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Selling your house can cause a bigger headache than buying it ever did. Things you might not have had to deal with leap to the forefront for you to mull over and handle. Reader Lee asks a few great questions for those of the Mr. Fix-it persuasion.

My wife and I are selling our house (it just went under contract), and we’re starting to worry about the home inspection. There are a few things that I know are going to come up, but I’m not sure how to fix them myself. Here’s the list:

(1) There is a 6″ crack in our kitchen’s white laminate countertop. I was thinking of filling the crack with epoxy and painting over it, but I’m not sure if that’s the best/cheapest way to fix it.

(2) There is an 8″ black water stain in one plank of the hardwood flooring next to one of our toilets. I’ve heard of using Oxalic acid to bleach the stain out, then re-stain that part of the floor to match, but again, I’m not sure if this is the best way.

(3) One of the pieces of wood (about 10′ long) on the bottom of an overhang (just beneath the rain gutter) has rotted and begun to sag. I’d imagine that you just have to cut the piece of wood out and replace it, but what kind of wood do I use? Is there an easy way to remove the old piece?

Well, Lee, most of the tips you’re going to find on home inspection are geared toward the buyer not the seller. However, judging from your questions, you’re already putting yourself in the frame of mind of the buyer — that’s a good start.

You can replace that overhang wood pretty easily, especially if it’s painted. You could start with pine or fir (one of those was most likely used in the first place) — or you can cut off a little piece of it and find out what it is. Our helpful readers might be able to offer some pointers on this, and the other items on your list as well.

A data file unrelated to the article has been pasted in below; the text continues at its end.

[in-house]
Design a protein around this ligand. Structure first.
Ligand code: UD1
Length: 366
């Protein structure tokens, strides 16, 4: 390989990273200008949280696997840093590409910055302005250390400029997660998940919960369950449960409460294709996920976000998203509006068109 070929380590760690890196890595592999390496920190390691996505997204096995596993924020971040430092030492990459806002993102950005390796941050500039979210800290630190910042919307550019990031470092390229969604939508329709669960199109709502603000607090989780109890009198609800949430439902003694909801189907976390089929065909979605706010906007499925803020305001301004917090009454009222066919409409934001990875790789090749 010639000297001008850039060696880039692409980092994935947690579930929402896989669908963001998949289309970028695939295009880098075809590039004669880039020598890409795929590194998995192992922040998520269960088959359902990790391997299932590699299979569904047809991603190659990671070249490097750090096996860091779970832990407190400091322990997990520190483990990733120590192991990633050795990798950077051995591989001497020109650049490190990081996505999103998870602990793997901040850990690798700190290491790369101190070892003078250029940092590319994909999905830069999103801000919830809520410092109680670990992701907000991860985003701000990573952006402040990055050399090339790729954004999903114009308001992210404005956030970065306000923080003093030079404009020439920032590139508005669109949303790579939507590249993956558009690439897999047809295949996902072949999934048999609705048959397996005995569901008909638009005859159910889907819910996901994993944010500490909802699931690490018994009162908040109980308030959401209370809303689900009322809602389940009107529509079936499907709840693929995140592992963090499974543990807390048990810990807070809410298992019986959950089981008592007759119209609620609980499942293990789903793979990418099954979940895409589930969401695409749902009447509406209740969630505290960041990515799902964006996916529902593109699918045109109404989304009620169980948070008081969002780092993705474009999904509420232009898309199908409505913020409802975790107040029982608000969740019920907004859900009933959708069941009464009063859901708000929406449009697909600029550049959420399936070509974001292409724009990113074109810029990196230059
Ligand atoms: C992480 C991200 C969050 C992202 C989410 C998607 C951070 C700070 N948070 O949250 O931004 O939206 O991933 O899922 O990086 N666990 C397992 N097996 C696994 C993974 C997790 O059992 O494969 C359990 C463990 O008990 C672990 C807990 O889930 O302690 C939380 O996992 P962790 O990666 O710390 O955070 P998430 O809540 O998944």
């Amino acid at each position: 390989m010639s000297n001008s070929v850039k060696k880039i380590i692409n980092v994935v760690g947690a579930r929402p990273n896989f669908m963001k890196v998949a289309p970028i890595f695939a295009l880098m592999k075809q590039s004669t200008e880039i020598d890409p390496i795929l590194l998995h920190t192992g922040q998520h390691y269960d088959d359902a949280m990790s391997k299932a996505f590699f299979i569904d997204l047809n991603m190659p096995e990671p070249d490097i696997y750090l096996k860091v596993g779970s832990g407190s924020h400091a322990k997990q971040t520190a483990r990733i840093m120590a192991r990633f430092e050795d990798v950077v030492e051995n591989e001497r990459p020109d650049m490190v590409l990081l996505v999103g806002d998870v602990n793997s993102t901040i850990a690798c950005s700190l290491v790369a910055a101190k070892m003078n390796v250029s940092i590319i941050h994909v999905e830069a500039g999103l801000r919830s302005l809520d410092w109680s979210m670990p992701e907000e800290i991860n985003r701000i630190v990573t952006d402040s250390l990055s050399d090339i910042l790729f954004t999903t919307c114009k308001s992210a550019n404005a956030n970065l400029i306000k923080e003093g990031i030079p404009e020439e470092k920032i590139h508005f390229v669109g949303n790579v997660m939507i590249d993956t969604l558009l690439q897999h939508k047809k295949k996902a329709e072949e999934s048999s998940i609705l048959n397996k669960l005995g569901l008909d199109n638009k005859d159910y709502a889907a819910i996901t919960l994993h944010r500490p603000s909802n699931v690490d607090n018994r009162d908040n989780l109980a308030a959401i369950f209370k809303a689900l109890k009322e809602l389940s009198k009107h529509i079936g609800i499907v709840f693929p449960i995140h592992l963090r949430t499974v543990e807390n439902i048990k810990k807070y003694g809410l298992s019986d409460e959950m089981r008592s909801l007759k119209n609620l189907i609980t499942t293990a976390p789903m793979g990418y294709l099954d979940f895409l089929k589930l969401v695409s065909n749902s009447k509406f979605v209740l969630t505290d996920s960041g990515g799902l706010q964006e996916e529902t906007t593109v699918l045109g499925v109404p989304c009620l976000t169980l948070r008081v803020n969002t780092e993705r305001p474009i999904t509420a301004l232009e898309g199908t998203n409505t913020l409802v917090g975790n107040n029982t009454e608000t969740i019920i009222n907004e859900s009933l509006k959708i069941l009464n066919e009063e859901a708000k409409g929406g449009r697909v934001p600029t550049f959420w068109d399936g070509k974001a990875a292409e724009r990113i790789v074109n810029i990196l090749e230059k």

One sure way to go: Find a local handyman of good reputation, and ask. Get some eyes on the specifics of your issues, and they might be able to point you where you need to go.


8 Responses to Reader Question: Fixing The House For Sale

  1. Lee says:

    Thanks for posting this, guys! It’s funny… Not 30 minutes after I emailed my questions to you, I received a call from our agent saying that the inspection is scheduled for 10:00 tomorrow morning! Looks like I’m going to be pulling an all-nighter tonight. So, I welcome any of your suggestions!

  2. Josh says:

    Regarding your counter top, you might do as well to resurface the laminate. I’ve seen it done, though not done it myself. I would also wonder whether the contact cement would work adhering the two layers of laminate (as you won’t get the old one off). Its worth some research because kitchens are one of the bigger selling points in a house.

  3. Frank Townend says:

    If the house is under contract, and the inspection details these items, fixing them is negotiable. I would wait until after the inspection and the seller’s response. You might fix the counter (your time and money) when perhaps they were going to replace it with something else after moving in.